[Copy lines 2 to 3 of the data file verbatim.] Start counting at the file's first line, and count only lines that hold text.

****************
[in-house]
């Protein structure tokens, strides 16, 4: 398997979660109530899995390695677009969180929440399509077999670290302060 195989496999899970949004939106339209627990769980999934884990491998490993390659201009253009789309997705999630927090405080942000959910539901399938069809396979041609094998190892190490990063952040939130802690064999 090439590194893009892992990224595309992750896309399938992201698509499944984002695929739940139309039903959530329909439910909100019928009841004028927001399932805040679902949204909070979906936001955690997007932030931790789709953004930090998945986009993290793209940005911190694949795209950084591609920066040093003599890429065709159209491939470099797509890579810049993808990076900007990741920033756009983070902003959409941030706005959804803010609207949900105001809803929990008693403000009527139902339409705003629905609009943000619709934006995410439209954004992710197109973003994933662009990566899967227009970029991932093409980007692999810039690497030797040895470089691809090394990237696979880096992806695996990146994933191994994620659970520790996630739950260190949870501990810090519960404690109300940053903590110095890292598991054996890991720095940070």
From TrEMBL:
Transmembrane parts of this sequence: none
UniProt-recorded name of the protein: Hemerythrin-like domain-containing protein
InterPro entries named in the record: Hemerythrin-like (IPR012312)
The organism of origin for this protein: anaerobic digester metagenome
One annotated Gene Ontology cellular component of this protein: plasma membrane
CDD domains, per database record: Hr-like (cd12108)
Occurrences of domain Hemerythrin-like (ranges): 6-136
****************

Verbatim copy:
């Protein structure tokens, strides 16, 4: 398997979660109530899995390695677009969180929440399509077999670290302060 195989496999899970949004939106339209627990769980999934884990491998490993390659201009253009789309997705999630927090405080942000959910539901399938069809396979041609094998190892190490990063952040939130802690064999 090439590194893009892992990224595309992750896309399938992201698509499944984002695929739940139309039903959530329909439910909100019928009841004028927001399932805040679902949204909070979906936001955690997007932030931790789709953004930090998945986009993290793209940005911190694949795209950084591609920066040093003599890429065709159209491939470099797509890579810049993808990076900007990741920033756009983070902003959409941030706005959804803010609207949900105001809803929990008693403000009527139902339409705003629905609009943000619709934006995410439209954004992710197109973003994933662009990566899967227009970029991932093409980007692999810039690497030797040895470089691809090394990237696979880096992806695996990146994933191994994620659970520790996630739950260190949870501990810090519960404690109300940053903590110095890292598991054996890991720095940070």
From TrEMBL: